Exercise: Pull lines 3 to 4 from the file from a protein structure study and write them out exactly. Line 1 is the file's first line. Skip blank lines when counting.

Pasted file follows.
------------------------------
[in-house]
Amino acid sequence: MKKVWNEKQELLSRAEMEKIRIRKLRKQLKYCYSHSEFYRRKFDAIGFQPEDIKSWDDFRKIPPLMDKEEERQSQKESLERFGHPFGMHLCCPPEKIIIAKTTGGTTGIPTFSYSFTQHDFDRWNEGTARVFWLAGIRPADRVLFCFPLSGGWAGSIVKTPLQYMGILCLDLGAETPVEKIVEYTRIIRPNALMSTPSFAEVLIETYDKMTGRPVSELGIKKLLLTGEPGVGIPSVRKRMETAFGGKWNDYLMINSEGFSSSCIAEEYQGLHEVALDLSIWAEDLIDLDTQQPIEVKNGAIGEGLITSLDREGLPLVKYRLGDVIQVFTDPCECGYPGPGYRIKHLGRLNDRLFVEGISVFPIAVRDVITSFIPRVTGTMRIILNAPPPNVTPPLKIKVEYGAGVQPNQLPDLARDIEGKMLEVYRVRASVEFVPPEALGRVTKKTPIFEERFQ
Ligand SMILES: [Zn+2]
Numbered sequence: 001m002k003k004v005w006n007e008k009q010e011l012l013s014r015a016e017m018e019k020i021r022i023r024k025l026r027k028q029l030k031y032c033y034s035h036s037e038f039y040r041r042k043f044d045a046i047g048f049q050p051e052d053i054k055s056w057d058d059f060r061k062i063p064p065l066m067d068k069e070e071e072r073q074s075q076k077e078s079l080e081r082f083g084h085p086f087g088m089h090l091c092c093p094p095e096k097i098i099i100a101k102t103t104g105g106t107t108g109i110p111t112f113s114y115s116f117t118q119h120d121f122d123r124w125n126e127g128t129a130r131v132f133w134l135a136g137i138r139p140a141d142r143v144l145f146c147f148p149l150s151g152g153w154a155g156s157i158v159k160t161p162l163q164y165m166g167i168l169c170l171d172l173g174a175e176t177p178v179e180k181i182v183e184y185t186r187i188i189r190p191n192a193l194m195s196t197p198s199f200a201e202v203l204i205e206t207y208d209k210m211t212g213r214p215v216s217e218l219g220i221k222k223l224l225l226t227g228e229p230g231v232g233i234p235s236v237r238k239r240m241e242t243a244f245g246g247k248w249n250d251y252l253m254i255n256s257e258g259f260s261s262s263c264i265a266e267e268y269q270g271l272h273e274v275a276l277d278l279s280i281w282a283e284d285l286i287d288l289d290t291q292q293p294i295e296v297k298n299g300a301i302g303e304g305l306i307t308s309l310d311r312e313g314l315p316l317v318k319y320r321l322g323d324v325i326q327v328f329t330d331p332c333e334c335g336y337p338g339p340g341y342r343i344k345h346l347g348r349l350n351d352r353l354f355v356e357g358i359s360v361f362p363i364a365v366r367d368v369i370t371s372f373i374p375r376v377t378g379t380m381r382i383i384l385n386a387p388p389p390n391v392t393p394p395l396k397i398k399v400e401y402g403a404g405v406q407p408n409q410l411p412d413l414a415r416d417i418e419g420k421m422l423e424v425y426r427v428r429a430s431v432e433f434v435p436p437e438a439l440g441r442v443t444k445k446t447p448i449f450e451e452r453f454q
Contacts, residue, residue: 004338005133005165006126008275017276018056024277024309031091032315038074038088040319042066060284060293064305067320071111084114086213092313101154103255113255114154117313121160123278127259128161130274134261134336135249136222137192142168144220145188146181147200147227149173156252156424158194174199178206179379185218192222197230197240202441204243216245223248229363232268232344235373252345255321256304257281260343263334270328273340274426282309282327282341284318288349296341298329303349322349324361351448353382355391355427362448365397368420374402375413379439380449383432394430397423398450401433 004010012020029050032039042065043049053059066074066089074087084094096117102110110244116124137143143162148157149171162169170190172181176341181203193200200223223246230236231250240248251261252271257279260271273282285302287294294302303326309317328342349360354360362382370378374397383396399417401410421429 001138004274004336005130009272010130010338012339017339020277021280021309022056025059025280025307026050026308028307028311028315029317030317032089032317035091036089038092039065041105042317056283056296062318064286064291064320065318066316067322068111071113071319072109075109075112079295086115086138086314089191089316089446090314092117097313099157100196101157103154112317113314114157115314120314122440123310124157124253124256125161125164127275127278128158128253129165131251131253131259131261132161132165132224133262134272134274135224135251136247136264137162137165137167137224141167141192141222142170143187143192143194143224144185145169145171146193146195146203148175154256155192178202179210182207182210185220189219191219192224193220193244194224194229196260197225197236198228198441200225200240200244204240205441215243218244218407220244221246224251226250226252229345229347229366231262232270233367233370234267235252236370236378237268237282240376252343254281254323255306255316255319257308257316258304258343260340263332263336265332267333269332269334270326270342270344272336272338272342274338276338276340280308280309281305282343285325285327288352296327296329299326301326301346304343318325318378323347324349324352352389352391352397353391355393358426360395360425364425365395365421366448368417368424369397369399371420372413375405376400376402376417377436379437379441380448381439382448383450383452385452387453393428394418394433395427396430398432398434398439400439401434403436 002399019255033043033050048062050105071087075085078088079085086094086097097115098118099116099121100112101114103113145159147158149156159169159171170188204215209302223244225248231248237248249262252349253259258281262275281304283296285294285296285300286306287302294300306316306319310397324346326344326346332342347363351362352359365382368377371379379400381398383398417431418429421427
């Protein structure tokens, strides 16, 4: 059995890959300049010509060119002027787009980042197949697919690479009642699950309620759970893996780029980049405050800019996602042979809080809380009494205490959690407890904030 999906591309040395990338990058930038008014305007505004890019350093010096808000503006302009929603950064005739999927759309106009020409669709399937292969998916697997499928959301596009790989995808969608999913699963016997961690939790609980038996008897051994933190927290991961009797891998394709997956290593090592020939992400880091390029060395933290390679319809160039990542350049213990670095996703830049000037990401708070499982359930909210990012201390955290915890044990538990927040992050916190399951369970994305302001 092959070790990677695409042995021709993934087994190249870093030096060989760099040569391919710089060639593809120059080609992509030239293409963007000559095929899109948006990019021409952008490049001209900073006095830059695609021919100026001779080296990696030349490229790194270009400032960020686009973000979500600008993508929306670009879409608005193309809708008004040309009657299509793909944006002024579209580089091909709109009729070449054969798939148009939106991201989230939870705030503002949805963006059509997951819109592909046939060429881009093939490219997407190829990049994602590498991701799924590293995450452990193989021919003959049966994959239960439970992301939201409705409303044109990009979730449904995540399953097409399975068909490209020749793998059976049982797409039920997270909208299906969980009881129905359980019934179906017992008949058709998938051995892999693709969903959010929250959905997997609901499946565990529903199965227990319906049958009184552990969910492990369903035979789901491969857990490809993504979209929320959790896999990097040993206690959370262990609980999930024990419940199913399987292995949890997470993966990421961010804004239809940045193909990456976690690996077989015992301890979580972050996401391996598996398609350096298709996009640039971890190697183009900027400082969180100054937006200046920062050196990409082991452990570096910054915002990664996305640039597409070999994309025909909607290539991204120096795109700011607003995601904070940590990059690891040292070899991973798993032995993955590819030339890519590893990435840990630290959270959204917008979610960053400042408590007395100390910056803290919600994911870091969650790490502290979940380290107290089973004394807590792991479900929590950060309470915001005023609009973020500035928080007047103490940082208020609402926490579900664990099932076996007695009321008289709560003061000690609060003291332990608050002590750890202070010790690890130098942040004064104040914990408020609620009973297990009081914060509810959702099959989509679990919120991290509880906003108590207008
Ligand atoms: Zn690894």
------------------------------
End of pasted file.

Ligand SMILES: [Zn+2]
Numbered sequence: 001m002k003k004v005w006n007e008k009q010e011l012l013s014r015a016e017m018e019k020i021r022i023r024k025l026r027k028q029l030k031y032c033y034s035h036s037e038f039y040r041r042k043f044d045a046i047g048f049q050p051e052d053i054k055s056w057d058d059f060r061k062i063p064p065l066m067d068k069e070e071e072r073q074s075q076k077e078s079l080e081r082f083g084h085p086f087g088m089h090l091c092c093p094p095e096k097i098i099i100a101k102t103t104g105g106t107t108g109i110p111t112f113s114y115s116f117t118q119h120d121f122d123r124w125n126e127g128t129a130r131v132f133w134l135a136g137i138r139p140a141d142r143v144l145f146c147f148p149l150s151g152g153w154a155g156s157i158v159k160t161p162l163q164y165m166g167i168l169c170l171d172l173g174a175e176t177p178v179e180k181i182v183e184y185t186r187i188i189r190p191n192a193l194m195s196t197p198s199f200a201e202v203l204i205e206t207y208d209k210m211t212g213r214p215v216s217e218l219g220i221k222k223l224l225l226t227g228e229p230g231v232g233i234p235s236v237r238k239r240m241e242t243a244f245g246g247k248w249n250d251y252l253m254i255n256s257e258g259f260s261s262s263c264i265a266e267e268y269q270g271l272h273e274v275a276l277d278l279s280i281w282a283e284d285l286i287d288l289d290t291q292q293p294i295e296v297k298n299g300a301i302g303e304g305l306i307t308s309l310d311r312e313g314l315p316l317v318k319y320r321l322g323d324v325i326q327v328f329t330d331p332c333e334c335g336y337p338g339p340g341y342r343i344k345h346l347g348r349l350n351d352r353l354f355v356e357g358i359s360v361f362p363i364a365v366r367d368v369i370t371s372f373i374p375r376v377t378g379t380m381r382i383i384l385n386a387p388p389p390n391v392t393p394p395l396k397i398k399v400e401y402g403a404g405v406q407p408n409q410l411p412d413l414a415r416d417i418e419g420k421m422l423e424v425y426r427v428r429a430s431v432e433f434v435p436p437e438a439l440g441r442v443t444k445k446t447p448i449f450e451e452r453f454q